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the Complete Review
the complete review - fiction

Palace of Desire

Naguib Mahfouz

general information | review summaries | our review | links | about the author

To purchase Palace of Desire

Title: Palace of Desire
Author: Naguib Mahfouz
Genre: Novel
Written: 1957 (Eng.: 1991)
Length: 448 pages
Original in: Arabic
Availability: Palace of Desire - US
in The Cairo Trilogy - US
Palace of Desire - UK
Palace of Desire - Canada
in The Cairo Trilogy - Canada
Palace of Desire - India
Le palais du désir - France
in La trilogie - France
Palast der Sehnsucht - Deutschland
Il palazzo del desiderio - Italia
Palacio del deseo - España

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Our Assessment:

B+ : fine continuation of the family saga, but definitely a middle-work

See our review for fuller assessment.

Review Summaries
Source Rating Date Reviewer
Boston Globe . 7/2/1991 Richard Dyer
Commonweal . 14/6/1991 David Castronovo
The NY Times Book Rev. . 20/1/1991 P.Theroux
TLS . 15/3/1991 Aamer Hussein
The Washington Post . 6/1/1991 Robert Irwin
World Literature Today . Fall/1991 Issa Peters

  From the Reviews:
  • "The second novel, like the first, is leisurely in its progress; it embraces a wide range of tones and stylistic strategies deriving from Mahfouz's systematic study of the major novels of England, Russia and, especially, France. It is richly descriptive of rooms and streets; it is full of incident and suggestive in psychology. (...) There's a sense in which Palace of Desire is a transitional novel." - Richard Dyer, Boston Globe

  • "The second installment situates the rogue-patriarch against the background of deteriorating traditions, filial insubordination, and the rising tide of nationalism and resentment of British domination. (...) When the novel examines states of consciousness, metaphysics, and the history of ideas, it is sententious. Mahfouz is better on collisions than on musings. It's the wit, irony, and rich sense of incongruity in life that make Palace of Desire an important novel of civilization." - David Castronovo, Commonweal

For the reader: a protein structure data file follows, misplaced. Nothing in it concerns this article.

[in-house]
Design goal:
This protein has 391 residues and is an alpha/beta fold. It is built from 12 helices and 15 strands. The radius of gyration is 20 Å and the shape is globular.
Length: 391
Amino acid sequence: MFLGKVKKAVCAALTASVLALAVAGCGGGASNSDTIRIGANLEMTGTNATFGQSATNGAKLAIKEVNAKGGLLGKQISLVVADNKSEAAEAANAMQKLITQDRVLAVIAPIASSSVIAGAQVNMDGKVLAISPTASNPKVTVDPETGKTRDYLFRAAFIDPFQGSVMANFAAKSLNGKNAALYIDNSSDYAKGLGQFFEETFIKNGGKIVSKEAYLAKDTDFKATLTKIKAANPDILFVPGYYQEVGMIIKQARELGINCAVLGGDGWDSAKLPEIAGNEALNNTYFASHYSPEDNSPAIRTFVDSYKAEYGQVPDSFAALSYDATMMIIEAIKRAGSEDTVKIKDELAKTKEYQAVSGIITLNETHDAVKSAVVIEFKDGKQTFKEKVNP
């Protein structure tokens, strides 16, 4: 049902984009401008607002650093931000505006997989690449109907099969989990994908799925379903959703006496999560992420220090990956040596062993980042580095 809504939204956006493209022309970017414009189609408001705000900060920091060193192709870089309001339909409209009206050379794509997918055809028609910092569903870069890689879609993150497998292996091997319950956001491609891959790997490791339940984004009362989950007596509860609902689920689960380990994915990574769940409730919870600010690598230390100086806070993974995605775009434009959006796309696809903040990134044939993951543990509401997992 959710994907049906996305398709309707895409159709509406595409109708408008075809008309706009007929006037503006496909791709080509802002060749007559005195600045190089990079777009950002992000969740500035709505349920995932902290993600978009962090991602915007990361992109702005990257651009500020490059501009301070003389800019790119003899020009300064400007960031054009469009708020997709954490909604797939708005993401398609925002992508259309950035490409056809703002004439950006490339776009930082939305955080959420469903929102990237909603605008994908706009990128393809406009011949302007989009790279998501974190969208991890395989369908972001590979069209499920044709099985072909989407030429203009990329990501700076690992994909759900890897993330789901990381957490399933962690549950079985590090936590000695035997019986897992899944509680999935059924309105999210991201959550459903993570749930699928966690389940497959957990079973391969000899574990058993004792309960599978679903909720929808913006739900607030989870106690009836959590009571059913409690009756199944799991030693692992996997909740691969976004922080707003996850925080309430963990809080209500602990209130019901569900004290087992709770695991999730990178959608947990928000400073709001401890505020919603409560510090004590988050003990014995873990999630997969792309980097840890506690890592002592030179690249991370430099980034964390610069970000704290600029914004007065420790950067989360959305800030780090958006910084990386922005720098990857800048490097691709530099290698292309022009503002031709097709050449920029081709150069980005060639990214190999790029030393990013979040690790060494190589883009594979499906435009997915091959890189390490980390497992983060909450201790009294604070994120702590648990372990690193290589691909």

• "At its most profound level, Mahfouz's novel explores the processes of personal, historical and metaphysical change. Although Cairo knows nothing of the Jazz Age, it will not remain a medieval city forever. Everywhere there are hints of change. (...) The book teems with shopkeepers, pimps and prostitutes, but despite his exploration of the low life Mahfouz shuns the Egyptian colloquial, regarding it as a disease of language. He wrote this work in a formal literary Arabic, which is faithfully and sometimes rather painfully reflected in the translation. Palace of Desire is an old-fashioned novel, and none the worse for that, being old-fashioned in its confidence, its richness and its seriousness. It is a marvelous read." - Robert Irwin, The Washington Post

  • "Whereas the first volume, portraying the old established order, moves slowly, the second proceeds at a faster pace, reflecting the change taking place in Cairene life during the years covered (1924-27). (...) Palace of Desire is above all a compelling novel filled with drama and humor of the Egyptian variety. Coming from the pen of experienced translators, the English text flows naturally." - Issa Peters, World Literature Today